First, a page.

As he concluded his first week as University President, Mark Schlissel was already facing questions about his legacy.

“Four days in, that’s really interesting,” he said. “A decade or five years from now — however long I’m here — we can talk about legacy.”

Reluctant to make predictions, Schlissel met with media Friday morning to discuss what he referred to as “high-level” visions for the University. In the six months between the announcement of his presidency at a special January Board of Regents meeting and his official first day in office on July 14, he’s had the opportunity to learn a lot, but he admitted that one of the biggest challenges during his first year would be understanding how the University and its various departments operate.

However, his appointment may already be shifting University dynamics, in particular the relationship between the President and University Athletic Department.

“Athletics seems to be part of the culture here at Michigan, in a historical sense,” Schlissel told media Friday. “What I want to be sure of is that athletics exists in an appropriate balance with everything else that the University does.”

“Athletics isn’t part of the mission statement of the University — we’re an academic institution,” he added.

Thursday afternoon at their monthly meeting, the regents voted against a proposal from the Athletic Department to allow fireworks at Michigan Stadium in the upcoming season. Several expressed concern that the proposed shows were not consistent with the tradition and culture of Michigan athletics.

The move was unusual for the board, which historically has approved such proposals, often without debate or dissent. On July 11, the Detroit Free Press sued the University over allegations that regents decide upcoming issue in private before meetings, which the lawsuit attests is a violation of the Open Meetings Act.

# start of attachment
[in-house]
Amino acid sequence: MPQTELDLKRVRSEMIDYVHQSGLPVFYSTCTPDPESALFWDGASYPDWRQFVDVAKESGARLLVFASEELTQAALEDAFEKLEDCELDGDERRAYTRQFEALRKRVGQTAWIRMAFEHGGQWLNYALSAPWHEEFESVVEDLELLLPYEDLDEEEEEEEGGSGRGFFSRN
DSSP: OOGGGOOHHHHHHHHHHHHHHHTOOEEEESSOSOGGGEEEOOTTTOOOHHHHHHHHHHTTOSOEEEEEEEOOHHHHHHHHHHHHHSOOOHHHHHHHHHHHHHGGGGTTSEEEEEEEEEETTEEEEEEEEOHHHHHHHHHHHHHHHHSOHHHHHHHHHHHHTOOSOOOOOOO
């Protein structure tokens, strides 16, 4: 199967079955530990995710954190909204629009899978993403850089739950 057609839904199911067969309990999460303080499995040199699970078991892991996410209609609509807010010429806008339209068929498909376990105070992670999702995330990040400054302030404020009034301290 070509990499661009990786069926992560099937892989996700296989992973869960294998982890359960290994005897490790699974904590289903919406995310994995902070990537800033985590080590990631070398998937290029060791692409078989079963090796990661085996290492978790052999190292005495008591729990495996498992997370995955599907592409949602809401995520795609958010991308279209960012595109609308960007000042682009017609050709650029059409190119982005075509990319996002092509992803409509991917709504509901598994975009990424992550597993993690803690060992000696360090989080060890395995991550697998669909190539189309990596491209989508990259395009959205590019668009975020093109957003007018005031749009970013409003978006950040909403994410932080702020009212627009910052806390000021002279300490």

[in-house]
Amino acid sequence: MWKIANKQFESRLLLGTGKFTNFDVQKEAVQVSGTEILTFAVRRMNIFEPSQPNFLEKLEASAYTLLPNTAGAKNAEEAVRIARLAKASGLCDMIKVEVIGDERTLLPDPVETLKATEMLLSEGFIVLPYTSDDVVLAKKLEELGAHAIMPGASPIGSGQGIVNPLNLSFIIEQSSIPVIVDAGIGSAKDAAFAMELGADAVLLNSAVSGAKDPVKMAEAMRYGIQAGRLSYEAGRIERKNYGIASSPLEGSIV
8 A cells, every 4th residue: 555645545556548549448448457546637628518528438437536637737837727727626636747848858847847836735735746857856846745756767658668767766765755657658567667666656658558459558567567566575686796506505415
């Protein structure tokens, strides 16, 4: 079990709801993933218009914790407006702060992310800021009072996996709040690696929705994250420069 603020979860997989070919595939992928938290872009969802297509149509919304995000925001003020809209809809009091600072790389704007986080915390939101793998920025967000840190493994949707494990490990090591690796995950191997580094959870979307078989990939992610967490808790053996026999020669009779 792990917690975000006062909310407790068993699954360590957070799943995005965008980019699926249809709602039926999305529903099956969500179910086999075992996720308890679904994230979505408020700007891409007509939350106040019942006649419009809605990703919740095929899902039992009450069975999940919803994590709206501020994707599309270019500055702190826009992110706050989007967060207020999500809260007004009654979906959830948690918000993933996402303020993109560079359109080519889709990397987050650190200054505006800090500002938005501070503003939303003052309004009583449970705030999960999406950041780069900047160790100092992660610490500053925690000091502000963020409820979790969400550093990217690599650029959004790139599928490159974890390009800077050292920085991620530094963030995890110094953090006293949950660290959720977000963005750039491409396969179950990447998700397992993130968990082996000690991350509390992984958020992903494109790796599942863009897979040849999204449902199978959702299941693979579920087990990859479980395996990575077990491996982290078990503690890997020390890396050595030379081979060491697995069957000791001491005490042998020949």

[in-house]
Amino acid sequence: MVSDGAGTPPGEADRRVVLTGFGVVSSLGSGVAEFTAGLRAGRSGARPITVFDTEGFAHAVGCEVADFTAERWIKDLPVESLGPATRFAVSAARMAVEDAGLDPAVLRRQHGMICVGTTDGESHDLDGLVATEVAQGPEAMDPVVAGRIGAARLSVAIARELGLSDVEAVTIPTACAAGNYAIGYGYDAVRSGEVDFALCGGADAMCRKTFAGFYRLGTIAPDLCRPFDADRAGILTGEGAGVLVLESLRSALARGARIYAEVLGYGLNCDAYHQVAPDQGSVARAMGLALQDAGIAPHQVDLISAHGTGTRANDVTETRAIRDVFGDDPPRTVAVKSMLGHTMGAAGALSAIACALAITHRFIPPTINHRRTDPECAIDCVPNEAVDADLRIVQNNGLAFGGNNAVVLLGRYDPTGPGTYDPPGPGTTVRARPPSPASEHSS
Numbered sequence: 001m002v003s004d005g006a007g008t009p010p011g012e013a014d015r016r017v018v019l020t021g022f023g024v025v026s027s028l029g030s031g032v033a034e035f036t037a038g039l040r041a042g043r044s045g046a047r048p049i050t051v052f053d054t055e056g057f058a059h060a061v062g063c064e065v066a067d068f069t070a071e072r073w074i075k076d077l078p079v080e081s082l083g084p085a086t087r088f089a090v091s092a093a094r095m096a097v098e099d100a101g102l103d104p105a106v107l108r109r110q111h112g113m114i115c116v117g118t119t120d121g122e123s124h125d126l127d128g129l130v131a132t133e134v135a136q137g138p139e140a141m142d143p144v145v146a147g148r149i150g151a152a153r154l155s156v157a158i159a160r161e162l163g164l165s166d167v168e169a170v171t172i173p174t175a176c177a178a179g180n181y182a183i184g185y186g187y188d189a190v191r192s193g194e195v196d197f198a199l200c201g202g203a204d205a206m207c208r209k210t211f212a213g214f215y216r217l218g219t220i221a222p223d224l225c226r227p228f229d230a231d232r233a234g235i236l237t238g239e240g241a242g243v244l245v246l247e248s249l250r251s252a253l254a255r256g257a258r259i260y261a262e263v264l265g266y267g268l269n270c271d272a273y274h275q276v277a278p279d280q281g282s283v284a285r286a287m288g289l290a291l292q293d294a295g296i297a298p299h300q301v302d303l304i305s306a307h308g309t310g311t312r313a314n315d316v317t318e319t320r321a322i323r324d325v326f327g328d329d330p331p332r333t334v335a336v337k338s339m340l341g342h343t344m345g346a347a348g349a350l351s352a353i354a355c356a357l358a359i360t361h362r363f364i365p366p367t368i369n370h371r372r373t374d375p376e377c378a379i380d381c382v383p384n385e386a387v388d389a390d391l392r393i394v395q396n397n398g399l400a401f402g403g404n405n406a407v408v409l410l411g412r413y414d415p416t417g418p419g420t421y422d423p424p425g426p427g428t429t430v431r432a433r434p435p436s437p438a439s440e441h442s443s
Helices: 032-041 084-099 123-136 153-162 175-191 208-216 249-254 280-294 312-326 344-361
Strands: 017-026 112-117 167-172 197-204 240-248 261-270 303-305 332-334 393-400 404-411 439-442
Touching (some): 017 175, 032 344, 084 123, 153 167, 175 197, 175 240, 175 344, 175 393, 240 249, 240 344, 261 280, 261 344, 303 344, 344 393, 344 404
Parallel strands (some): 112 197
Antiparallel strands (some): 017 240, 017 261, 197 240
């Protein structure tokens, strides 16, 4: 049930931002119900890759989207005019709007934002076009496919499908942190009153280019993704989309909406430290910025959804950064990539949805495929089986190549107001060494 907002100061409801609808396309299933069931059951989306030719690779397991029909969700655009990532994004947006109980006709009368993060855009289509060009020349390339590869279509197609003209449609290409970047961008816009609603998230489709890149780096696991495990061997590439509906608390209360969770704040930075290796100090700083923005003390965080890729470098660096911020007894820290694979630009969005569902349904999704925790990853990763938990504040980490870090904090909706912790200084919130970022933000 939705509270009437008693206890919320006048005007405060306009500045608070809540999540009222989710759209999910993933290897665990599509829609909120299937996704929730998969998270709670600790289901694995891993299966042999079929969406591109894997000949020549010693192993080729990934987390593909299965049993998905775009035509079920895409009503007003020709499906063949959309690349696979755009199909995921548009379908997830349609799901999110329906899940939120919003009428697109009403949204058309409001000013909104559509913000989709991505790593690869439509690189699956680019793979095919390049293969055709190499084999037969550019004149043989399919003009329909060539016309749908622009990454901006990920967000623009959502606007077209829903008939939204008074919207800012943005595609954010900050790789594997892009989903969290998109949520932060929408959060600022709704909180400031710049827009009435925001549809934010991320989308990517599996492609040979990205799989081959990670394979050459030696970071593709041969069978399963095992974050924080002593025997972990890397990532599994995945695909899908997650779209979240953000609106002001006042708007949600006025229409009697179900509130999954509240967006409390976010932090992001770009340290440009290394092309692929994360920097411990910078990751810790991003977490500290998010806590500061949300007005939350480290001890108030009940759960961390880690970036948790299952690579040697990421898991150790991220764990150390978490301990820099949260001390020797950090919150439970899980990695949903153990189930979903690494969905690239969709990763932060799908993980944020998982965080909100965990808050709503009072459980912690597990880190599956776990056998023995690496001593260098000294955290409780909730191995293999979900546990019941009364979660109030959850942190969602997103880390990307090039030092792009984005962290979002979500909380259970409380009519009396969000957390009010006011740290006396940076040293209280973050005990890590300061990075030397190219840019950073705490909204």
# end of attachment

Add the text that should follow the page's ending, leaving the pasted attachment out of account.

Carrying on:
The regents had approved the use of fireworks at Michigan Stadium on two separate occasions in recent years. The first was for the “Big Chill at the Big House”, a hockey game between the University and Michigan State on December 11, 2010. The second approval was for the NHL Winter Classic hockey game, played between the Detroit Red Wings and the Toronto Maple Leafs on January 1, 2014.

On both occasions, the use of fireworks was approved unanimously and, according to minutes taken during each meeting, with little or no discussion between the regents.

It was quite a different case with Schlissel in the room on Thursday, as the regents took more than 20 minutes to discuss, debate and vote on the proposal. At one point, Henry Baier, associate vice president for facilities and operations, who was presenting information on the proposal, was asked to leave the room and gather more information before the regents made their decision.

While Schlissel is not a voting member of the board, he said he appreciated the active participation and debate on the issue.

“As you could tell from yesterday’s discussion, (the regents) have different opinions about the specific issue, but also the broader issue — what’s happening to the culture of athletics, what’s happening to the commercialization of athletics,” Schlissel said.

He didn’t give a personal opinion on the use of fireworks, stating that he’d yet to attend a Michigan football game, but said he was “respectful of the discussion”.

“(The regents) have respectful disagreements, and I actually thought that discussion was great,” he said. “I think that the regents that wanted to comment got their ideas out on the table with clarity. I think the course of that discussion might have actually changed the minds of some of the Regents.”

On multiple occasions his first week, Schlissel has referred to himself as an “air traffic controller”. Instead of managing the operations of individual units on campus, he said he wants to facilitate conversation and create the best environment for individuals to improve the University.

“I am a huge believer in the value of civil discourse, and I feel that Michigan should be a place where we model how people who disagree with each other should be able to talk across their differences,” Schlissel said. “That’s really a goal of mine, is promoting those kind of behaviors in a diverse and inclusive community.”

Regarding the firework decision, however, Schlissel added he was glad he didn’t have to make the decision himself.

“Fortunately for me, I didn’t have to vote for fireworks.”

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